Cheshvan 26, 5757
November 8, 1996

"Let There Be Light"
The Jewish Women's Guide To Lighting Shabbat Candles

Text Version


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Maimonides, Principles of the Faith, No. 12


Click here, to see pictures of the Rebbe


We are pleased to present, to the visually impaired and the blind, the 82nd issue of our weekly publication, Living With Moshiach.


In this week's issue, we focus on one of the Rebbe's Mitzvah Campaigns, the laws of Shabbat Candle Lighting (which is one of the three special mitzvot for Jewish Women).1

Therefore, we present here "Let There Be Light - The Jewish Women's Guide To Lighting Shabbat Candles," and other related material about Shabbat Candle Lighting.


Our sincere appreciation to L'Chaim weekly publication, published by the Lubavitch Youth Organization, for allowing us to use their material.

Also, many thanks to our copy editor, Reb Mordechai Staiman, for his tireless efforts.


It is our fervent hope that our learning about Moshiach and the Redemption will hasten the coming of Moshiach, NOW!

Rabbi Yosef Y. Shagalov,
Committee for the Blind

15 Cheshvan, 5757
Brooklyn, New York


1. The other two are Kashrut and family purity. (Which will be discussed, G-d willing, in a future issue).


The following true story is adapted from a talk given by the Rebbe during the fall of 1976.

The little Israeli girl was only five years old. One day, in school, a visitor from Chabad told her class about lighting Shabbat candles. Although she and her classmates were far below the age of bat mitzvah, declared the young woman, they could nonetheless participate in this mitzvah.

When the little girl came home that Friday, and excitedly told her mother about her new discovery, her mother replied that she knew nothing about this whole business (she had received no Jewish education whatsoever). "Did you ever hear of such a thing!" exclaimed the mother angrily. "A little girl should want to do things that her own mother doesn't do, and bring new ideas into the house!"

But we all know what young children are like. The little girl started to cry and she pleaded with her mother. "I'm not asking you to do anything. All I'm asking is that you should let me do it. I have a candle-holder; they gave me one in school. I know the blessing; they also gave me a paper with the instructions on when and how to light the candle. Please let me light it!"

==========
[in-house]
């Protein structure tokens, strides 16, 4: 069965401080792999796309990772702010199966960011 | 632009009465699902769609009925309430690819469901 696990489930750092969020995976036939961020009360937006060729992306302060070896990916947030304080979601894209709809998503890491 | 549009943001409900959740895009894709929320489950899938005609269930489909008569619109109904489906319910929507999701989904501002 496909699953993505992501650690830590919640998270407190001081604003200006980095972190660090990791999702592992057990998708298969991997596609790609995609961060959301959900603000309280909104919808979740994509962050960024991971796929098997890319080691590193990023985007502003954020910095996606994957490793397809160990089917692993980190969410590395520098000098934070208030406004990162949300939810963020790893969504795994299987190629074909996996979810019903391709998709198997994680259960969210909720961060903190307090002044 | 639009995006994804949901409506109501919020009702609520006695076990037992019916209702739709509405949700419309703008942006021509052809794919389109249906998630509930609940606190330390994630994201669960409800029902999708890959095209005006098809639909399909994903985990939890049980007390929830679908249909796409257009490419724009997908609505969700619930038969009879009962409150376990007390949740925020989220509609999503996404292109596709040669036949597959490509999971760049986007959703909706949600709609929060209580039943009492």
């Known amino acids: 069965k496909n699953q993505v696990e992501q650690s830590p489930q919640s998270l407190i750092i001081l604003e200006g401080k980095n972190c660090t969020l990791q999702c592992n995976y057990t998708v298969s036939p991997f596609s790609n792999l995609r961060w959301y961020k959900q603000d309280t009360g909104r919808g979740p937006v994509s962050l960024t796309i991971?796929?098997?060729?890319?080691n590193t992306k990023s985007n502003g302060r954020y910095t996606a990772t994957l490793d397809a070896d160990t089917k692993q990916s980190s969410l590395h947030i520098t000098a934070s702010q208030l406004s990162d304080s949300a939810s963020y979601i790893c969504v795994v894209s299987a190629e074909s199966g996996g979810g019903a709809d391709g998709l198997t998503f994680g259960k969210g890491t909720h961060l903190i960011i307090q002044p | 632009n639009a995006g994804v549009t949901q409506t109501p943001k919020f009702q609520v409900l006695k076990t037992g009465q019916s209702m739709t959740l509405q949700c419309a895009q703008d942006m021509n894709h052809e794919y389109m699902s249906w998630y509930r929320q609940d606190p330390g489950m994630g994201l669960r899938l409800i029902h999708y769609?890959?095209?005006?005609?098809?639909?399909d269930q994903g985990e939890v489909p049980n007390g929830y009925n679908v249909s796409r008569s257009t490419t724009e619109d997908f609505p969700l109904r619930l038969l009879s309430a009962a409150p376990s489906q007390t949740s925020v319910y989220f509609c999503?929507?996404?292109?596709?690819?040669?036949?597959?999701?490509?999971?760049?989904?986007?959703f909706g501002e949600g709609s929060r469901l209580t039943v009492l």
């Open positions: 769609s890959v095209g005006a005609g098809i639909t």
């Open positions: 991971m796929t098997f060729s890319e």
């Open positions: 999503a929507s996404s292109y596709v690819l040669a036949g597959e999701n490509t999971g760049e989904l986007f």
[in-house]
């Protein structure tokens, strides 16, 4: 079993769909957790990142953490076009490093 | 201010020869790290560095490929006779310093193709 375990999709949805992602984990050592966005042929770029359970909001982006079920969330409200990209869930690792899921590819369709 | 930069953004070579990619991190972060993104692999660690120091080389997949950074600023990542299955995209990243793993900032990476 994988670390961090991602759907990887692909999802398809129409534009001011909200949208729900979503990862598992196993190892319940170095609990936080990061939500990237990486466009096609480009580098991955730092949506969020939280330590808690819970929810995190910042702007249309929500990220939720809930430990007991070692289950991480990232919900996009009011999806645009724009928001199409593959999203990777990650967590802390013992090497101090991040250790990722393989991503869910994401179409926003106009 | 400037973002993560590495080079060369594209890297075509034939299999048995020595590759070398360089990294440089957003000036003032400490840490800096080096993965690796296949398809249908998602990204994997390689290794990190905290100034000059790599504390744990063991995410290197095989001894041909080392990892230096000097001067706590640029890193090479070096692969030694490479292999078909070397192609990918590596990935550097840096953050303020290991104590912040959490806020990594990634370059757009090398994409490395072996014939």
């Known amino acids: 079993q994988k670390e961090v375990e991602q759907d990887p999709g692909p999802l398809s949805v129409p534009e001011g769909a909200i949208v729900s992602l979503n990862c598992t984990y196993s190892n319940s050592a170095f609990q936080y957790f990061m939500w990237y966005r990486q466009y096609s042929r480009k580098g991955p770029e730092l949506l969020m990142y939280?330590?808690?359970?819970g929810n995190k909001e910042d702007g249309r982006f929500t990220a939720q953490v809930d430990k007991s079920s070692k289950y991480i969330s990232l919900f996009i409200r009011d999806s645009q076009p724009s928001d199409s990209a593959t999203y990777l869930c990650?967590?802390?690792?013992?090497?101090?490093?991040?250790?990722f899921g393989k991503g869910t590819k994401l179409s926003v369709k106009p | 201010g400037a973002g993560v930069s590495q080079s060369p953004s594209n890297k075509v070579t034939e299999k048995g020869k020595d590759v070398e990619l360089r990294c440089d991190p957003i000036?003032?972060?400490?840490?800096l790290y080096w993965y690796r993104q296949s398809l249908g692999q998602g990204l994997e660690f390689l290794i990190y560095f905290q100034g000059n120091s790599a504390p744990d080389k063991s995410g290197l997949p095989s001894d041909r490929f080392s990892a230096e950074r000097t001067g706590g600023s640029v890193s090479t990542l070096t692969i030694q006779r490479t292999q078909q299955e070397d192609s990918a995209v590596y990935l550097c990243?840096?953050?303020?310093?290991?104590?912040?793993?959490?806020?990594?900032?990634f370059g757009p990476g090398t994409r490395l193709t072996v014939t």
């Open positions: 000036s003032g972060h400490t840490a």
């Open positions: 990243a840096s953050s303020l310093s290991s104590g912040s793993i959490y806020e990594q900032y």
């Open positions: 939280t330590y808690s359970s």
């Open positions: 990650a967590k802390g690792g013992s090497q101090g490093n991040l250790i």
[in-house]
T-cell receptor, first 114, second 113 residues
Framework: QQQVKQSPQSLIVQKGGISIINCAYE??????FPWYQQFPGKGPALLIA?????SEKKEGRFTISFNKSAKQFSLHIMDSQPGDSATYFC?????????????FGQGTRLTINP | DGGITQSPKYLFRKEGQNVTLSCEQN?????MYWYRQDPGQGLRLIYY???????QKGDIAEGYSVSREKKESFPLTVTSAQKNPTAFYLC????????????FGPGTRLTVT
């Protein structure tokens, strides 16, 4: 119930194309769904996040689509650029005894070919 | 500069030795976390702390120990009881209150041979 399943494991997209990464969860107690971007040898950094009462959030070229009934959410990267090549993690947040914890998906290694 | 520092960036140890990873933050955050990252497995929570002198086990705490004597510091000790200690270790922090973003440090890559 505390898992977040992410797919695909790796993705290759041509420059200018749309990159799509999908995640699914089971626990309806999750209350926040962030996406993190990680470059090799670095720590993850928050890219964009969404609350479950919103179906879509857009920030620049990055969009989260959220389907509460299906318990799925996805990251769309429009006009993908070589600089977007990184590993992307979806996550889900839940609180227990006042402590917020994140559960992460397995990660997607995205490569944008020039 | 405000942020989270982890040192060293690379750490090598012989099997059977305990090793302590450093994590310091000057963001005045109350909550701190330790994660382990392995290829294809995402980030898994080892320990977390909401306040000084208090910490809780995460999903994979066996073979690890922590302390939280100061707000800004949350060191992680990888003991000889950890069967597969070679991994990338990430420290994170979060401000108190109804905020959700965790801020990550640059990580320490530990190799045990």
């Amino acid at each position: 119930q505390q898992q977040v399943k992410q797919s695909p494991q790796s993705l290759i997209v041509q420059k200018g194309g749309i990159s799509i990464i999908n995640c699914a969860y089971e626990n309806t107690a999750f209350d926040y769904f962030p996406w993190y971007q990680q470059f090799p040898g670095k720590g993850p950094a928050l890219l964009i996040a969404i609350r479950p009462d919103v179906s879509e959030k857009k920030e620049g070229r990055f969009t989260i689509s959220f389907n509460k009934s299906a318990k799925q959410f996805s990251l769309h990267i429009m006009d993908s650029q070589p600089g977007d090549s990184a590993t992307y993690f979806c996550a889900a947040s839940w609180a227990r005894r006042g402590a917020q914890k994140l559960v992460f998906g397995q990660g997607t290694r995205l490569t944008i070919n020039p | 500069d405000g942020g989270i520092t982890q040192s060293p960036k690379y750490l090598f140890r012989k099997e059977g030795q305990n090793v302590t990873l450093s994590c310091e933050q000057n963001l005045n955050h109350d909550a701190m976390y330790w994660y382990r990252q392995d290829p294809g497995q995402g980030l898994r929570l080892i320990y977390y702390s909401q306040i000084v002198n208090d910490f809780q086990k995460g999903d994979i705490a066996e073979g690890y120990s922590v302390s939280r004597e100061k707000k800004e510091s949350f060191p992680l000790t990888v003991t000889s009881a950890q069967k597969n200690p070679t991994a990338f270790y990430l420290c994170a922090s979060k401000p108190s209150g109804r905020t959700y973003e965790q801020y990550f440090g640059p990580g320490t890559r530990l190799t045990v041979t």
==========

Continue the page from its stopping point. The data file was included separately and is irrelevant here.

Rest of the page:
Mother gave in. "All right, do whatever you want. But stop crying, and leave me in peace."

Our little girl was overjoyed. She put the candle on the dining room table, lit it herself, made the blessing, and was in seventh heaven! She went around from one member of the family to the other, warning each one of them in her childish but serious way, that no one should touch her candle or blow it out.

When mother and father saw that it wasn't so terrible after all, they let her light the candle the next Friday without any fuss. The little girl again lit it with the same delight and enthusiasm as the first week, and her infectious joy spread to the rest of the family.

A few weeks went by. One Friday the father said that "it just somehow didn't seem right" to have the television on with the little one walking around the house singing Shabbat songs, and with the candle burning on the table. While the candle was lit, he could not bring himself to turn on the television. Some time later the telephone rang and mother did not answer it, because the candle was still lit.

Weeks later mother surveyed the Friday night scene and decided that something was wrong. How strange it looked to see just the single candle burning on the table, to see her little daughter full of joy and telling everyone that it was a holy day, etc., while she, the mother, was busy as if it were just an ordinary day. "It just doesn't seem right! I'm going to start lighting candles, too!" Once she started lighting candles, she could not bring herself to turn on the oven. "After all, I have just declared in the blessing that it is the Holy Shabbat; how can I now go ahead with making supper--and turn the oven on or off in violation of the Sabbath?"

No one likes cold food; so mother started to make "cholent" (the traditional Shabbat stew allowed to cook from Friday afternoon until Shabbat afternoon) for the midday meal. Naturally, the whole "cholent" procedure affected the way they did things and the meals they ate the next day, too.

Later, mother decided that since she was now lighting candles, she would dress up in honor of the Friday night atmosphere.

And so it went on. From one thing to another. From one aspect of Shabbat to another. From one small candle lit by one little girl following a scene and tears; to refraining from doing work while the candle was still burning; to the mother's beginning to light Shabbat candles; from there to the wearing of nicer clothes in honor of Shabbat; and on to refraining from all types of work prohibited on Shabbat.

Eventually the entire family and household became transformed. This family has now returned completely to their tradition and heritage. All, because of the light of one Shabbat candle!